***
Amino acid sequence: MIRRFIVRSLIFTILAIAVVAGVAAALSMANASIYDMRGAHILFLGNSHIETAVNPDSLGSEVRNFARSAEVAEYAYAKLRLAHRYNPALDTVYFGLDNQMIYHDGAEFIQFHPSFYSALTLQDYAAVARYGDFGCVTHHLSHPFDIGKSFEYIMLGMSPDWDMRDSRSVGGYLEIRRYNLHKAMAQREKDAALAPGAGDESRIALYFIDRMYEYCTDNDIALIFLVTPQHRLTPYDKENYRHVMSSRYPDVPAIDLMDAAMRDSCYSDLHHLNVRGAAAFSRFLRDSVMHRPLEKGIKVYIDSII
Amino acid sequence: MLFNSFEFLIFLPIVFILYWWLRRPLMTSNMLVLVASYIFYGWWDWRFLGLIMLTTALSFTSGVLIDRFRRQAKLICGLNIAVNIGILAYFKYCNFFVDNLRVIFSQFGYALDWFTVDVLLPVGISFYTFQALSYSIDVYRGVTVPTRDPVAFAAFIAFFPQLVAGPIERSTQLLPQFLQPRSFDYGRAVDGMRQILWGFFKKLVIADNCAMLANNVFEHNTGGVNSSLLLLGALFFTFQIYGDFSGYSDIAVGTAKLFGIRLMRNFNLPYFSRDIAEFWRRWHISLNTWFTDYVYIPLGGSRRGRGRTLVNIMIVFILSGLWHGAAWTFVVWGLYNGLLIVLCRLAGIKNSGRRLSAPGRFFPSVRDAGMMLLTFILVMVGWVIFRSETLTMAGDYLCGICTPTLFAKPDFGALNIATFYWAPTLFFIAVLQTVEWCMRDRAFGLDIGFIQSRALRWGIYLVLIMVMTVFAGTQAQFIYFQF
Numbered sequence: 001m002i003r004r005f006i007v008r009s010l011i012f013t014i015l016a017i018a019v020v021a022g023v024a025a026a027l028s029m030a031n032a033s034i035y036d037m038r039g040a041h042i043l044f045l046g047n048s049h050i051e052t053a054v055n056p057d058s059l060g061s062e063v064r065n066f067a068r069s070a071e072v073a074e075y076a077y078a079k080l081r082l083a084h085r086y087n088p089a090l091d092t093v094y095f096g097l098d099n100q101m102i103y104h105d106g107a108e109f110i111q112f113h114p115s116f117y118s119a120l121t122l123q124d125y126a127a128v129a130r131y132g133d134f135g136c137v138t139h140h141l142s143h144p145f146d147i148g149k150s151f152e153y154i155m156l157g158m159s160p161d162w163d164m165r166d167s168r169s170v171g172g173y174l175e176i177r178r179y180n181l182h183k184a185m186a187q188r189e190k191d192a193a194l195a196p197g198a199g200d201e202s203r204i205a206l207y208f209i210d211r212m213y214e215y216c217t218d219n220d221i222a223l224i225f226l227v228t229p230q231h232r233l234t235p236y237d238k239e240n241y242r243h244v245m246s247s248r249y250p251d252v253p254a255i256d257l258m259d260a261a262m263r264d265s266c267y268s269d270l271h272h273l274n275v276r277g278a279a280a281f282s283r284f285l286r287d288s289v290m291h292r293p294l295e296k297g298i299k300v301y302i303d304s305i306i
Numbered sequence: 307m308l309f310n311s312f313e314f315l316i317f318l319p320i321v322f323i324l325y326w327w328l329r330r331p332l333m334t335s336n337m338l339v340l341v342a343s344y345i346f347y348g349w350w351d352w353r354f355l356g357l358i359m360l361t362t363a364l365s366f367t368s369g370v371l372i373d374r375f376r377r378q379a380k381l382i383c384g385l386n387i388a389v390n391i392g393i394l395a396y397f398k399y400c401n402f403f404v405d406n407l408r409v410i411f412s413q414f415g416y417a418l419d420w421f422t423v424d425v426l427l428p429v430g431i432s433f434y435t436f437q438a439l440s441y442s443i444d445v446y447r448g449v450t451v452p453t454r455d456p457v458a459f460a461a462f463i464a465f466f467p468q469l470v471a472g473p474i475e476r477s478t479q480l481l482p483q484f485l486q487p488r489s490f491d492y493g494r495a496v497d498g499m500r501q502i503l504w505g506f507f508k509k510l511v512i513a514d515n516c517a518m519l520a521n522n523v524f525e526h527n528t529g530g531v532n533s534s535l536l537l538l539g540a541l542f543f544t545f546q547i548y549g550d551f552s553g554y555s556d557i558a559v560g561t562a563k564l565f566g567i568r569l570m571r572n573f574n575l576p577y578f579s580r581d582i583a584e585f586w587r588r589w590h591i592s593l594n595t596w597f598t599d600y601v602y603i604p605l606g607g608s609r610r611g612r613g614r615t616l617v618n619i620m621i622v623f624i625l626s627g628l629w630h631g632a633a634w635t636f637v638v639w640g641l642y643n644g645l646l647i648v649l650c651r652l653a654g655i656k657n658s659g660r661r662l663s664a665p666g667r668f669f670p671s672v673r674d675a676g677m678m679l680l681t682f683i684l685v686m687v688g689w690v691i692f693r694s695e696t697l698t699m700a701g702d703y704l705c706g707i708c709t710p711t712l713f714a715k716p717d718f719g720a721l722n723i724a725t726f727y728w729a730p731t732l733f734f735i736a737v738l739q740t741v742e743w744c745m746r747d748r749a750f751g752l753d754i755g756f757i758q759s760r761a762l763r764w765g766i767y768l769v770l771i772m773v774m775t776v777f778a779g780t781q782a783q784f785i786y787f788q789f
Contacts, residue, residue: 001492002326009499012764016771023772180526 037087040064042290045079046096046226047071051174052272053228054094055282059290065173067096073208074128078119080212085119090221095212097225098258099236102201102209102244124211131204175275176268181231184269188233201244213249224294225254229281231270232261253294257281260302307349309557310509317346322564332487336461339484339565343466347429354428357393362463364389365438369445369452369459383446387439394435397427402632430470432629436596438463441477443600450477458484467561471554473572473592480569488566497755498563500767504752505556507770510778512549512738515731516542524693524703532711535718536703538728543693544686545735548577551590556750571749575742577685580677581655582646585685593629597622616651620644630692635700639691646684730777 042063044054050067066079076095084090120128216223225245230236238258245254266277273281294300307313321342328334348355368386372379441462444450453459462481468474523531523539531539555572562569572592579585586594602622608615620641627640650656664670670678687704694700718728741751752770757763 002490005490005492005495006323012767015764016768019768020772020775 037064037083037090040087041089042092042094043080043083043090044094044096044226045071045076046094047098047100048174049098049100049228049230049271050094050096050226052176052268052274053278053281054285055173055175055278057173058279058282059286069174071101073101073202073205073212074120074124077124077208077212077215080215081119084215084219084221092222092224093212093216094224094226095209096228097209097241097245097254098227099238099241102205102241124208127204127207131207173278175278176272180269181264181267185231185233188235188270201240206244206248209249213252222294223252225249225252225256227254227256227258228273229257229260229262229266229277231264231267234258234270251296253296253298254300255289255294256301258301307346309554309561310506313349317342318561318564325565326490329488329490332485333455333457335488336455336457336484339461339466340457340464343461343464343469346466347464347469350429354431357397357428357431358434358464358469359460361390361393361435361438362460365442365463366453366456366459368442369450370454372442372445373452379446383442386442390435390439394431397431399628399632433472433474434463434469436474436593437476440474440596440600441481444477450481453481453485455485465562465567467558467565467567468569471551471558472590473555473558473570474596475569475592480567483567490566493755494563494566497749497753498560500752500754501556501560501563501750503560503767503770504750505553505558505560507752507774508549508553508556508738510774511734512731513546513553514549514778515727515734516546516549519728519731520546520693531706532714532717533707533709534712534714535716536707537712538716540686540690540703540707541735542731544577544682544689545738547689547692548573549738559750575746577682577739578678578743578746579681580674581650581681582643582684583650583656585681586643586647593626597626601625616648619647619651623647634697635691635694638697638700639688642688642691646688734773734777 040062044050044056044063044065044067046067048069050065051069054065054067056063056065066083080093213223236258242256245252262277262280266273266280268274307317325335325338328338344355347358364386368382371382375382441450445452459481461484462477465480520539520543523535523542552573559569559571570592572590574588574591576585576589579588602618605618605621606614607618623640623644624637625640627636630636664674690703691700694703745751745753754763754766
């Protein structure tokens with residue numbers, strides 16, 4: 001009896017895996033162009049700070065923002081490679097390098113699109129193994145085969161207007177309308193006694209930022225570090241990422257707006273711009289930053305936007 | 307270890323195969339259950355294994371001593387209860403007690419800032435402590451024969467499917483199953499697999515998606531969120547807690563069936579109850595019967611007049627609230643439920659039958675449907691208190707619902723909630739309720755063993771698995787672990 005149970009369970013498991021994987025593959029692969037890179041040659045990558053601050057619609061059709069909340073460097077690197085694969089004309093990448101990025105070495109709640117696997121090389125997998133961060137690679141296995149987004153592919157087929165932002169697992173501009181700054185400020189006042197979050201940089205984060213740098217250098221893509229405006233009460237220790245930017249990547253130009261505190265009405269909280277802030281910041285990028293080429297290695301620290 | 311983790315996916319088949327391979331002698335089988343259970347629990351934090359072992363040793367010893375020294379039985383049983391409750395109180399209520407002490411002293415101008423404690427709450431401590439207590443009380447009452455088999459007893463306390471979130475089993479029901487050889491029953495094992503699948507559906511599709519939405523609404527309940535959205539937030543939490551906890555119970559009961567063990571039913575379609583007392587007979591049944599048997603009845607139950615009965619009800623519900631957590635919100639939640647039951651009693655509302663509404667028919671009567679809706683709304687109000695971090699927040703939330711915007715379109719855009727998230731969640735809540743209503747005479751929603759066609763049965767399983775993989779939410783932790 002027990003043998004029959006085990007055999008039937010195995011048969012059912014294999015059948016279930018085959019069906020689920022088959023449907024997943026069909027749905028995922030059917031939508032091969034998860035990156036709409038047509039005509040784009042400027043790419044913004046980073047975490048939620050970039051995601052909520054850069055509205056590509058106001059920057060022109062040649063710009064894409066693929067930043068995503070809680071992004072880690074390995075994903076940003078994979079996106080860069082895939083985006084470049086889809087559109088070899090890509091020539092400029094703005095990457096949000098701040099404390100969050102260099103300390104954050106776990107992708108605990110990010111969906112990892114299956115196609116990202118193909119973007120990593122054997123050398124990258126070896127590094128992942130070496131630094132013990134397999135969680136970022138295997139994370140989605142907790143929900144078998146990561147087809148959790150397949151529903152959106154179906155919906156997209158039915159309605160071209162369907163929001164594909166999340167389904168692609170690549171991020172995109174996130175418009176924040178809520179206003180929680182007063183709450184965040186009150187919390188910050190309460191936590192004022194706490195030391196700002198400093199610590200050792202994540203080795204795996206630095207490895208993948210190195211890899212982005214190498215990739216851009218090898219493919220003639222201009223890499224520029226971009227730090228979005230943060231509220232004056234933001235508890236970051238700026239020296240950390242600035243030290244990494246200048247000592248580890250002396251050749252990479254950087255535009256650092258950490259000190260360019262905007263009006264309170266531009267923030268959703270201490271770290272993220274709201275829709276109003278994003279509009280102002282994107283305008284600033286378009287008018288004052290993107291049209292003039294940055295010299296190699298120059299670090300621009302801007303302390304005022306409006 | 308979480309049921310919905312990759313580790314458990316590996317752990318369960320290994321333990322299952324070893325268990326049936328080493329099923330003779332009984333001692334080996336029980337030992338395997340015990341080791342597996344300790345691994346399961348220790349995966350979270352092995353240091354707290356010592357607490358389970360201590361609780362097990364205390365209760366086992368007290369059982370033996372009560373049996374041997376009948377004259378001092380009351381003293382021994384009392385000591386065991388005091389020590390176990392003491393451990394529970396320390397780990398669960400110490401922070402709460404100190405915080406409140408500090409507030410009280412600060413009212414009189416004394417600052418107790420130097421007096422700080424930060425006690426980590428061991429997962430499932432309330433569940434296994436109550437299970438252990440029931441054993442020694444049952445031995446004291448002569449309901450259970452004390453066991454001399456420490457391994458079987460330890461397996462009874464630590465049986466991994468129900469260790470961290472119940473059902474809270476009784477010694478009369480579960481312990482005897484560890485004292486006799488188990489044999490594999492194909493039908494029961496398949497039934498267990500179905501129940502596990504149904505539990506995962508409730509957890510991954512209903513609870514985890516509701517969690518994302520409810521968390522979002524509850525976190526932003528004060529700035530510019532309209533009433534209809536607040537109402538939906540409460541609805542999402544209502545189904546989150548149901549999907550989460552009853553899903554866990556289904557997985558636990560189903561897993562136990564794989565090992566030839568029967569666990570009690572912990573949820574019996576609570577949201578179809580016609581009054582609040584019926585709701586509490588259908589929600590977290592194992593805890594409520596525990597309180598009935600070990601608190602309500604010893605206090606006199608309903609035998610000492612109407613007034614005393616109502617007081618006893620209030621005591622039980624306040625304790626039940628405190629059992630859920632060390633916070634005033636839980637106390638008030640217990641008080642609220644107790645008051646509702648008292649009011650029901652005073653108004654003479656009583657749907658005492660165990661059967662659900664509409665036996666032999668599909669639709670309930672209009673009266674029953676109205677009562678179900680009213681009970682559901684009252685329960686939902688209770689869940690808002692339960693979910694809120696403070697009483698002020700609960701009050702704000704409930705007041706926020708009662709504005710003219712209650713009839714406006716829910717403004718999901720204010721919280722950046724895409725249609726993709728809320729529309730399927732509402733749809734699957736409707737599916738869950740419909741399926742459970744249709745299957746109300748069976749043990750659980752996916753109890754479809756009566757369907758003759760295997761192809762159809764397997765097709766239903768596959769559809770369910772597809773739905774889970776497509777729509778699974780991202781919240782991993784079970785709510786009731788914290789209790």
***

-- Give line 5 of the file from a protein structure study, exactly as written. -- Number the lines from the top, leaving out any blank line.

Contacts, residue, residue: 001492002326009499012764016771023772180526 037087040064042290045079046096046226047071051174052272053228054094055282059290065173067096073208074128078119080212085119090221095212097225098258099236102201102209102244124211131204175275176268181231184269188233201244213249224294225254229281231270232261253294257281260302307349309557310509317346322564332487336461339484339565343466347429354428357393362463364389365438369445369452369459383446387439394435397427402632430470432629436596438463441477443600450477458484467561471554473572473592480569488566497755498563500767504752505556507770510778512549512738515731516542524693524703532711535718536703538728543693544686545735548577551590556750571749575742577685580677581655582646585685593629597622616651620644630692635700639691646684730777 042063044054050067066079076095084090120128216223225245230236238258245254266277273281294300307313321342328334348355368386372379441462444450453459462481468474523531523539531539555572562569572592579585586594602622608615620641627640650656664670670678687704694700718728741751752770757763 002490005490005492005495006323012767015764016768019768020772020775 037064037083037090040087041089042092042094043080043083043090044094044096044226045071045076046094047098047100048174049098049100049228049230049271050094050096050226052176052268052274053278053281054285055173055175055278057173058279058282059286069174071101073101073202073205073212074120074124077124077208077212077215080215081119084215084219084221092222092224093212093216094224094226095209096228097209097241097245097254098227099238099241102205102241124208127204127207131207173278175278176272180269181264181267185231185233188235188270201240206244206248209249213252222294223252225249225252225256227254227256227258228273229257229260229262229266229277231264231267234258234270251296253296253298254300255289255294256301258301307346309554309561310506313349317342318561318564325565326490329488329490332485333455333457335488336455336457336484339461339466340457340464343461343464343469346466347464347469350429354431357397357428357431358434358464358469359460361390361393361435361438362460365442365463366453366456366459368442369450370454372442372445373452379446383442386442390435390439394431397431399628399632433472433474434463434469436474436593437476440474440596440600441481444477450481453481453485455485465562465567467558467565467567468569471551471558472590473555473558473570474596475569475592480567483567490566493755494563494566497749497753498560500752500754501556501560501563501750503560503767503770504750505553505558505560507752507774508549508553508556508738510774511734512731513546513553514549514778515727515734516546516549519728519731520546520693531706532714532717533707533709534712534714535716536707537712538716540686540690540703540707541735542731544577544682544689545738547689547692548573549738559750575746577682577739578678578743578746579681580674581650581681582643582684583650583656585681586643586647593626597626601625616648619647619651623647634697635691635694638697638700639688642688642691646688734773734777 040062044050044056044063044065044067046067048069050065051069054065054067056063056065066083080093213223236258242256245252262277262280266273266280268274307317325335325338328338344355347358364386368382371382375382441450445452459481461484462477465480520539520543523535523542552573559569559571570592572590574588574591576585576589579588602618605618605621606614607618623640623644624637625640627636630636664674690703691700694703745751745753754763754766